When voter turnout suffers a Brown-out
Here’s a tale of a fateful vote (or lack thereof) of a city councilwoman who has hit a sour note. No airport runway repairs or road works – not a single “luxury.” Like former Congressman Ron Paul, she’s conservative as can be.
Last year, City Council was more of a soap opera than a legislative body, all thanks in part to Councilwoman Helena Brown.
Elected in a district that was already dissatisfied with its incumbent, who ran a mudsling campaign against her, Brown lucked out because of the eight percent voter turnout.
In the 2011 elections, Brown ran against an unpopular incumbent, Brenda Stardig, in a traditionally and reliably Republican district. The only other option, a Democrat, never had a chance.
Fairvote.org, a non-partisan website that promotes “respect for every vote and voice,” says low voter turnout is often pronounced during off-year elections and primaries.
This has the effect of producing unsavory candidates like Brown, who have fringe and extremist views because the only voters who show up at the polls are those who are either extremely passionate or reliable.
Greg Groogan of myfoxhouston.com called Brown a “self-proclaimed uber budget hawk” because her attitude on spending leaves her voting against anything that the Council wants to spend money on, even the essentials.
In a July 2012 article published by Houston Press, Brown is noted as having voted against anything she considers a “luxury item,” like fulfilling city pension obligations.
Brown has effectively blocked many bills throughout her fledgling career as a councilwoman. In Dec. 19 article, Emily DePrang of The Texas Observer says her obstructionism is because of an abuse of procedure. The City Council lets members “tag” bills, which delay votes for a week. One could see the use of a “tag” as a means to take the time to read it, analyze it and develop a counterproposal; others might see it as a pure stall tactic.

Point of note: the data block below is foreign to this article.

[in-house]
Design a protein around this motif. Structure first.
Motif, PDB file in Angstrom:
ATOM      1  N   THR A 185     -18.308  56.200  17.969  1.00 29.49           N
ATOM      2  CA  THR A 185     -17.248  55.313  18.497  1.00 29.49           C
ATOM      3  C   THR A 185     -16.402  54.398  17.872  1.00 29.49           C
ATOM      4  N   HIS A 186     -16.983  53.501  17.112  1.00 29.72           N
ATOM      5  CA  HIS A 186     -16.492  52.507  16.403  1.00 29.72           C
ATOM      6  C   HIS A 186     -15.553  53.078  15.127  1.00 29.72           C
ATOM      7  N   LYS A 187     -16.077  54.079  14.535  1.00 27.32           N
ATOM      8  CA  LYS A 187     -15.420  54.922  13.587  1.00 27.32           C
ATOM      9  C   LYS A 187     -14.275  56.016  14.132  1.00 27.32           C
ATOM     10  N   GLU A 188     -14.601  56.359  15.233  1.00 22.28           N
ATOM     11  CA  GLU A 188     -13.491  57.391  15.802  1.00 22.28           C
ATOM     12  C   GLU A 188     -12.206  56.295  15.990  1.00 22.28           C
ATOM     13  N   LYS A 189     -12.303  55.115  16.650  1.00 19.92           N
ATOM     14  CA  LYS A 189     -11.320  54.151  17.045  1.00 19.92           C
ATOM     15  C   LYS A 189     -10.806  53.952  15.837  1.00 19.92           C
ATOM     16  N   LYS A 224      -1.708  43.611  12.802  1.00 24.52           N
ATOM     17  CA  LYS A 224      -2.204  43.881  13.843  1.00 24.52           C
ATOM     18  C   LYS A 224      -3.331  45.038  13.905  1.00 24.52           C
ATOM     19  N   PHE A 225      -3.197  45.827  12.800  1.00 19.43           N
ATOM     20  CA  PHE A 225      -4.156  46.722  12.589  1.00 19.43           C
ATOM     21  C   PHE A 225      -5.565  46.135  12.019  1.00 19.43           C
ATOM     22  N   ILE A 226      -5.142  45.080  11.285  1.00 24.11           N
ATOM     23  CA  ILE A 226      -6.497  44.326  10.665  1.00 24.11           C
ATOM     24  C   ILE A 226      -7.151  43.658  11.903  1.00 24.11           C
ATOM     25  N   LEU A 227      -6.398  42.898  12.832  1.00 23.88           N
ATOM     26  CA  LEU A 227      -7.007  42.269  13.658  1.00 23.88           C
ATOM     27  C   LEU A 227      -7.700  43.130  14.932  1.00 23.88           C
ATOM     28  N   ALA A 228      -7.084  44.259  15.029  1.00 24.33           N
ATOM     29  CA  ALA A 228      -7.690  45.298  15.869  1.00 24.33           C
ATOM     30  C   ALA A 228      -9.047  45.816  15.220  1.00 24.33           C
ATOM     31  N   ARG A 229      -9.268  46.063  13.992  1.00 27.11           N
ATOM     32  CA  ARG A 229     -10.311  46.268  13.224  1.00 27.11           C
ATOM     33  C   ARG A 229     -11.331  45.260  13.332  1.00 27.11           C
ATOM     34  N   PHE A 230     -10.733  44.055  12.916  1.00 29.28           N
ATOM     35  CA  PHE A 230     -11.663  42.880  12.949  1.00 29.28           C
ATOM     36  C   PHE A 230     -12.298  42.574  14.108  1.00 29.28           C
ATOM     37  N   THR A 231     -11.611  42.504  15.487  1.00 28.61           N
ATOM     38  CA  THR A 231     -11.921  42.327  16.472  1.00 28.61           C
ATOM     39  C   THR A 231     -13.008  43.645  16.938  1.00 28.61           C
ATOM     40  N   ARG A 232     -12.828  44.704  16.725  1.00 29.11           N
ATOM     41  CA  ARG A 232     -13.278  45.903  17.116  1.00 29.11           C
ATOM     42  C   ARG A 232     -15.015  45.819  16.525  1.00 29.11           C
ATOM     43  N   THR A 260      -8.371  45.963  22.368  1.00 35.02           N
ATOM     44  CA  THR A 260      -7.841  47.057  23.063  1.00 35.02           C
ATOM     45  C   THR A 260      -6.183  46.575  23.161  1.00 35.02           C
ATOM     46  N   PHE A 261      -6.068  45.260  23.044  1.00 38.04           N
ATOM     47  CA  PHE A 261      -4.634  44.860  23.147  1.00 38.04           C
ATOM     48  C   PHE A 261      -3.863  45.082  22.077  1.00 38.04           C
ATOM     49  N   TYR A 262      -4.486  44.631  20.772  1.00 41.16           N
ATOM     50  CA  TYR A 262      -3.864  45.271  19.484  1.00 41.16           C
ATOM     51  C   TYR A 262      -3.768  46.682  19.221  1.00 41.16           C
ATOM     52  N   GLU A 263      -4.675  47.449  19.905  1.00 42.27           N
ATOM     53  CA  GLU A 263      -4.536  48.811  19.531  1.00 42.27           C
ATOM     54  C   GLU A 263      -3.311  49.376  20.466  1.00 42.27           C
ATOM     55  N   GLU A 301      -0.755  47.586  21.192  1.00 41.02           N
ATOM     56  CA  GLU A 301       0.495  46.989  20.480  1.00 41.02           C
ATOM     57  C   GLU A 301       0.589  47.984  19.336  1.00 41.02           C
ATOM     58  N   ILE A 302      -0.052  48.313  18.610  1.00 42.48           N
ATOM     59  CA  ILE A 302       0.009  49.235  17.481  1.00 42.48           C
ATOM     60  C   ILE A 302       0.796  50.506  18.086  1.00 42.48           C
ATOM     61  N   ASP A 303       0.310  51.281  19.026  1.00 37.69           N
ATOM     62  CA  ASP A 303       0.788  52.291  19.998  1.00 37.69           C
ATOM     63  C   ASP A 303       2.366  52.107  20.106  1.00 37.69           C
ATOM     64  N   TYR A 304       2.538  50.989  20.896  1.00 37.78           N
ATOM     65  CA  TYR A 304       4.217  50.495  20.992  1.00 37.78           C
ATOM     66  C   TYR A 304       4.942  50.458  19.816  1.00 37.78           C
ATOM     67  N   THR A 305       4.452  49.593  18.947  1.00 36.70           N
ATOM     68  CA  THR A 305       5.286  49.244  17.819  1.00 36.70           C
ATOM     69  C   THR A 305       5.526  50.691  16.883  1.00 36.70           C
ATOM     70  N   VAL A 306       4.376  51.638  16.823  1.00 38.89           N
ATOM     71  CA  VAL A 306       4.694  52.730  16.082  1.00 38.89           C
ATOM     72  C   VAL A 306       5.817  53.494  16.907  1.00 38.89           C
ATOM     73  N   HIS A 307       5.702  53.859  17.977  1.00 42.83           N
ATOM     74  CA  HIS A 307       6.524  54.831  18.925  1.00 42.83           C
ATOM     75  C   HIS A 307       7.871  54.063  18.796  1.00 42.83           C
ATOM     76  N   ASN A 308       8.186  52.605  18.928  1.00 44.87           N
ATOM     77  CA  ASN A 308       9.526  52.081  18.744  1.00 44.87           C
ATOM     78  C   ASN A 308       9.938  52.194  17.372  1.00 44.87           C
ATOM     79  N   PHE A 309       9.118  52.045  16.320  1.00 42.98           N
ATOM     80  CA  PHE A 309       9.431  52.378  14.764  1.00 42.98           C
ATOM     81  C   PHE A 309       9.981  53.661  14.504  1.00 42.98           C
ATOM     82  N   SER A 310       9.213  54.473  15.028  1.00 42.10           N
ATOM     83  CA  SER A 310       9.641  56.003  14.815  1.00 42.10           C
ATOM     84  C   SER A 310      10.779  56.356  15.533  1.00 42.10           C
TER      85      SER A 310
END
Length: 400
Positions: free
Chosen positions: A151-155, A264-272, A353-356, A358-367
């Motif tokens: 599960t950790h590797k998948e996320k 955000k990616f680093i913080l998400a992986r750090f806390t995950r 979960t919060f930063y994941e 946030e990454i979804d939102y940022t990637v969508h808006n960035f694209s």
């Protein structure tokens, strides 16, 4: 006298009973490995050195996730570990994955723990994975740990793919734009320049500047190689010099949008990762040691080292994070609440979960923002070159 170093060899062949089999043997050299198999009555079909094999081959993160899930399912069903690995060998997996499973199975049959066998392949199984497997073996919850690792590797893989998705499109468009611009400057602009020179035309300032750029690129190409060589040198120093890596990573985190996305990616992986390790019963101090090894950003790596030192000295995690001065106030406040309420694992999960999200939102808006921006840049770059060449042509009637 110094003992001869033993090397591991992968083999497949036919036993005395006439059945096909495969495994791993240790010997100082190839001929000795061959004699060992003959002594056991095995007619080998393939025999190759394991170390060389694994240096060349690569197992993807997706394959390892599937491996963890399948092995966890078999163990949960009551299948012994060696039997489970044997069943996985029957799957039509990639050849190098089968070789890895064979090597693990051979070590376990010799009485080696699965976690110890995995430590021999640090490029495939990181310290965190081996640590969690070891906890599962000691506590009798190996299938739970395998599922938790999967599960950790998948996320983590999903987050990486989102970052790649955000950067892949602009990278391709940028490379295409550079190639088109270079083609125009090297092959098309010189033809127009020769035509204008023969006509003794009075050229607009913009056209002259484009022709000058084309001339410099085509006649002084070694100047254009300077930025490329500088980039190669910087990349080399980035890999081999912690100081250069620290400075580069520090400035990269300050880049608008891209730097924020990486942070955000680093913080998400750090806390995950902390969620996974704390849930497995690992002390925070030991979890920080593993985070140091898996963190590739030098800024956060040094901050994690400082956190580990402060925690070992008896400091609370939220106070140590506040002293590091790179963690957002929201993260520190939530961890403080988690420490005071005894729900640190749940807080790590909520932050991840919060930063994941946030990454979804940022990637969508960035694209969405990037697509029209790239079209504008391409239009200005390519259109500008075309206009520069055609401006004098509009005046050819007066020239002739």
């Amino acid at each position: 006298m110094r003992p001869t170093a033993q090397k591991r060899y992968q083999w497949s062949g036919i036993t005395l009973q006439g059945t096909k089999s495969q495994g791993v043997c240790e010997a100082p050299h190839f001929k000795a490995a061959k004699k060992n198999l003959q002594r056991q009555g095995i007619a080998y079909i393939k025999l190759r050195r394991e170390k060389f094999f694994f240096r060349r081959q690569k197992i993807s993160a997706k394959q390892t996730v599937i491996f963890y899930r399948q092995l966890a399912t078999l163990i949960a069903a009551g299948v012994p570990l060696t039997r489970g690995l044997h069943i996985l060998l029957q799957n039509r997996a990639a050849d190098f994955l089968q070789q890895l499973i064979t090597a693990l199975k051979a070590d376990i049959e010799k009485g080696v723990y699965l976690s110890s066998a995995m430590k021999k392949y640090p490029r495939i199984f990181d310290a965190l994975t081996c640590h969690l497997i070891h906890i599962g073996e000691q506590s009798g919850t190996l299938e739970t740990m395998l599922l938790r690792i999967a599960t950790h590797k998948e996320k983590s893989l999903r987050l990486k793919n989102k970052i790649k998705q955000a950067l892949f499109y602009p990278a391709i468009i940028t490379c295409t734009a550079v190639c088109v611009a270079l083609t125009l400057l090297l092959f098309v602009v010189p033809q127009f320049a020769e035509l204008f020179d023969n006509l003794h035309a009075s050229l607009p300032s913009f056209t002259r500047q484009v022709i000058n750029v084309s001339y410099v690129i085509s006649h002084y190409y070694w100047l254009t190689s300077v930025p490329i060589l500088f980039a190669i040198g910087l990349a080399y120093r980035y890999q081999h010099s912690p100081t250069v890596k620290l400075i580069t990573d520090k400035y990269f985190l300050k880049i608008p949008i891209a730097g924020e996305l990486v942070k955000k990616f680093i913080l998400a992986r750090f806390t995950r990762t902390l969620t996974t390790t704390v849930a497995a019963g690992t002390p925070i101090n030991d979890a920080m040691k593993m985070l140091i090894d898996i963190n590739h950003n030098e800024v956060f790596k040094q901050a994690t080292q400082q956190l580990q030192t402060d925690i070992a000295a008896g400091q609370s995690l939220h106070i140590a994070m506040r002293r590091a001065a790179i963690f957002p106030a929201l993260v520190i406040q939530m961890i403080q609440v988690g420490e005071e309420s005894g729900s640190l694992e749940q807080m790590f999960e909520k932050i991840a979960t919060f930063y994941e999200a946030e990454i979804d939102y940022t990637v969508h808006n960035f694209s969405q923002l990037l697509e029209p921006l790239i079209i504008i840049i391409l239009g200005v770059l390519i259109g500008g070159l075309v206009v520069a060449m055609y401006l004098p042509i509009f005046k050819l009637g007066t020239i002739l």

Brown is a huge fan of “tags.” She abuses them, forcing Council to break decorum and override her “tags” on several occasions.
She is no stranger to controversy. Her past seems filled with gaping discrepancies, all of her staff works part-time so that they don’t qualify for benefits and most of her staff left her within months of her first year. Not to mention, the man who seems to back her is a disgraced financier named William Park, who was involved in a Ponzi scheme that resulted to his ban by the Financial Industry Regulatory Authority.
The most ironic quirk Brown is her alleged use mishandling money. In many ways, she comes across as hypocritical because she cries austerity but doesn’t apply her philosophy to herself.
Brown took a trip to South Korea on the expense of taxpayers and tried to get Houston to also pay for Park’s gas and flight to Asia. She even sent some 13,000 magnets to constituents that were bought with taxpayer money.
“She obviously isn’t responsible,” says business junior Samantha Evans.
“Unless there are reasons we don’t know for her living with her parents, that’s red flag number one. If she’s mishandling money, that should say something too. I can see what she isn’t doing for (Houston), but I’m wondering what she is doing.”
Spouting fringe conspiracy theories on the Council floor counts as something.
Terrence McCoy of Houston Press reported that in a July 4 session, Brown intercepted plans to approve the construction of a $26 million maintenance facility.
“Let us see what this is all about,” Brown said. “This is a company that wants to take advantage of a $30 billion initiative that our president has approved to rebuild schools and outdated buildings, according to Agenda 21.”
Agenda 21, a socialist world domination conspiracy, had Mayor Annise Parker gasping. Brown even went so far as accusing fellow conservative and former Republican councilman, Mike Sullivan, as being a communist.
Unbeknownst to her, he was considered the most conservative on the board before she was elected.
She is up for re-election this year, but the time has come to vote Brown out of office and elect someone who is qualified. The only way to make that a reality is to have an increased voter turnout.
As cliche as it sounds, people should go out and vote. Houston needs someone who represents its constituents and not misguided ambitions.
Alex Caballero is a creative writing senior and may be reached at thedailycougar.com.